Addressing Challenges in the Water Distribution and Treatment Supply Chain
Supply chain issues are an unwelcome side effect of the COVID-19 pandemic. Almost everyone has experienced product shortages and increased costs as a result. The water treatment supply chain is also caught up in these events. Water utilities must develop an intentional strategy to prevent service disruptions.
Current Supply Chain Issues
The global supply chain is a complicated network of raw material suppliers, manufacturing plants, and transportation and logistics companies. A delay or break in any part of the chain will affect operations further down the line. The pandemic has impacted every step in this process.
Employee shortages have made it difficult for raw materials to make it to factories and for plants to keep a reliable manufacturing schedule. Reduced staffing has also challenged shipping companies trying to maintain on-time deliveries.
These delays lead to product shortages and increased retail costs. Higher prices are part of the equation when the items you need are challenging to obtain.
How the Supply Chain Affects Water Utilities
Shortages are frustrating when you have trouble finding your favorite products, but they can be dangerous when affecting critical infrastructure. When there are breaks in the water treatment supply chain, it can lead to service disruptions and boil-water advisories.
Water systems must also deal with the consequences of aging facilities. The EPA estimates that there are around 240,000 water main breaks annually. Without the equipment to make prompt repairs, such events will cause interruptions in regular service and the waste of millions of gallons of treated water.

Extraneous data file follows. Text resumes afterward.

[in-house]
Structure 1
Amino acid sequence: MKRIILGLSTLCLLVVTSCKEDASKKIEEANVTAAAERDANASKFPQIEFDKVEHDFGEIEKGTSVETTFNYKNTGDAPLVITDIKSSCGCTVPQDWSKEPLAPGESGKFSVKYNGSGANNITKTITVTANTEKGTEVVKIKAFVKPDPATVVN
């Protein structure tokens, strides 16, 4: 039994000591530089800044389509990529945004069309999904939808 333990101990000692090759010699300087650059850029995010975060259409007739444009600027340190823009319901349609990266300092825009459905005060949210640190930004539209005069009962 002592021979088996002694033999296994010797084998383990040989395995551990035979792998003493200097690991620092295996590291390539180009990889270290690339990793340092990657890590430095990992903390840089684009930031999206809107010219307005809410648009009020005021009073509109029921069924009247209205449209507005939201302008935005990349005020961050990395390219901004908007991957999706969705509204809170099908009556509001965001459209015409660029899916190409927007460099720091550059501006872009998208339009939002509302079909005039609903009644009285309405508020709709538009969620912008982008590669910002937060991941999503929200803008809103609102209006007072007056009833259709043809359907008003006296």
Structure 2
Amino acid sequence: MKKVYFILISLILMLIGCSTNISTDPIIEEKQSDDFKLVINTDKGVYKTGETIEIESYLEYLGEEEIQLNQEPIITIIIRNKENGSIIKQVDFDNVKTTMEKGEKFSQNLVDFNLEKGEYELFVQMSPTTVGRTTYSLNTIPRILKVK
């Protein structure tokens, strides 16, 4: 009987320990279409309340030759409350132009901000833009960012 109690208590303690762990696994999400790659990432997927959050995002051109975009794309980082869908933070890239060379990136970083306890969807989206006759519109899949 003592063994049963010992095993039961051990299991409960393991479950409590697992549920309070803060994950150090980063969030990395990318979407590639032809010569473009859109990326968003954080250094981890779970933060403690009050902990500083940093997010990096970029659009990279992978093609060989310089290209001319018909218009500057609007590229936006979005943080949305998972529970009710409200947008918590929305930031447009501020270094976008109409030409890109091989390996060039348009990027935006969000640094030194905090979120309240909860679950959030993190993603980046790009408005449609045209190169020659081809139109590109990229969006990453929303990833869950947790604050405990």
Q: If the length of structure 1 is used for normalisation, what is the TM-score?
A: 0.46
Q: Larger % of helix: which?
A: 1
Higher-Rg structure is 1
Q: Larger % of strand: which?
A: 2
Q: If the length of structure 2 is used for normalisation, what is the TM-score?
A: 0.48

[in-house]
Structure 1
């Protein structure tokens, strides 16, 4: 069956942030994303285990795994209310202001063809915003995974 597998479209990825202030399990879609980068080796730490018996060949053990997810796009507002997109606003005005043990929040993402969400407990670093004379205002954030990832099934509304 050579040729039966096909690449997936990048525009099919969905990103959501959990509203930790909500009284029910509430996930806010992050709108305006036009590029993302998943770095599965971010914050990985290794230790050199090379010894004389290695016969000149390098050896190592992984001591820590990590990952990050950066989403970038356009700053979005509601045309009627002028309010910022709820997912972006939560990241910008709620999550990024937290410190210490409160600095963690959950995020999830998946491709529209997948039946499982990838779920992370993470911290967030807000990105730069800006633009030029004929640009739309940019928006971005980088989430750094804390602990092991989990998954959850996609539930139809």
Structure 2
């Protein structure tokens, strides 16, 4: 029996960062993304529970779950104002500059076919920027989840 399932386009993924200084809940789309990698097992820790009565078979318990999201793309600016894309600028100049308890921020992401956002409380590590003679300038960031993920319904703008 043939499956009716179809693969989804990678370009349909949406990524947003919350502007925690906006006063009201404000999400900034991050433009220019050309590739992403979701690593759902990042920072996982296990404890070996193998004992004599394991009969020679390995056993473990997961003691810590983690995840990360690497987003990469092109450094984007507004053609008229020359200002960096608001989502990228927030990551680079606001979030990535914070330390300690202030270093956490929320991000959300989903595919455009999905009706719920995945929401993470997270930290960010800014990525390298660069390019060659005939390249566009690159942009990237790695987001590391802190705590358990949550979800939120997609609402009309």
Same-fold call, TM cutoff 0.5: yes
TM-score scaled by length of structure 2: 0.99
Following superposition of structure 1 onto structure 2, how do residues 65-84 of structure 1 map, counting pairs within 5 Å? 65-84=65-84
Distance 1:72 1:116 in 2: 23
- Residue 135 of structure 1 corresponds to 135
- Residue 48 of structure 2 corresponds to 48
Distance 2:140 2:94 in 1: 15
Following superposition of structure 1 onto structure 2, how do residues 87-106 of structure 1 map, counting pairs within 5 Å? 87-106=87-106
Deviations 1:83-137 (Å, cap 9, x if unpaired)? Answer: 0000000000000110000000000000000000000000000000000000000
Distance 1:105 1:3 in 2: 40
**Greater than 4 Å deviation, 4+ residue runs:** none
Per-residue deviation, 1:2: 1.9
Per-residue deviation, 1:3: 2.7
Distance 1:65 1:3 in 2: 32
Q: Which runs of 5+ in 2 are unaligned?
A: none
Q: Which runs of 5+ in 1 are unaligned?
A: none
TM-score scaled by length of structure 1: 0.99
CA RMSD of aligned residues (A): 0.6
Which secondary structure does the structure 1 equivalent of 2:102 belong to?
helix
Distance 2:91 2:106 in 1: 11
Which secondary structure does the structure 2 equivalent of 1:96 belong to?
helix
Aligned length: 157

Supply Chain Risk Mitigation
The supply chain problems caused by the COVID-19 pandemic are happening on a large scale that makes headlines. However, even after the current crisis, supply chain issues are something that water utilities must anticipate. There will always be a possibility that a critical chemical will be in short supply or the water main will break without the necessary repair supplies in place.
Utilities must look for strategies that help them stay ahead of supply issues. Keeping an accurate inventory of day-to-day materials is a critical treatment plant asset management practice. Anticipating problems in the supply chain will mean having enough materials on hand to deal with projected needs for a few months ahead. Those responsible for ordering supplies should think about what’s happening in the next quarter rather than the next month.
If a water system has aging equipment, the utility should adopt a preventative maintenance schedule. Instead of dealing with breakdowns as they happen, they should be looking to upgrade aging infrastructure before there’s a problem. When ordering repair materials, they will need to purchase enough for upcoming projects and extra supplies for emergencies.
SCADA Technology and Treatment Plant Asset Management
A supervisory control and data acquisition system is a tool that can help water treatment plants and distribution systems assess the current health of infrastructure and predict future needs. With SCADA, sensors throughout the system report real-time performance information. Once managers have a baseline, they can see which parts of the system are not performing as they should. For example, changes in water pressure in a pipe may indicate a leak, giving it higher priority in repair plans.
SCADA software will also assist with accurate distribution system and treatment plant monitoring. Historical sensor data can demonstrate daily and seasonal fluctuations in water volume. The utility will have a better sense of the supplies necessary to maintain operations. Deviations from the norm will also help point out issues within the system.
An Experienced Partner for Water Treatment Plant Monitoring
High Tide Technologies designs SCADA for municipal water collection, distribution, and treatment systems. Our cloud-based technology provides real-time sensor data and remote access to support advanced risk mitigation. Contact us today to learn how SCADA can prevent supply chain-related issues in water system operations.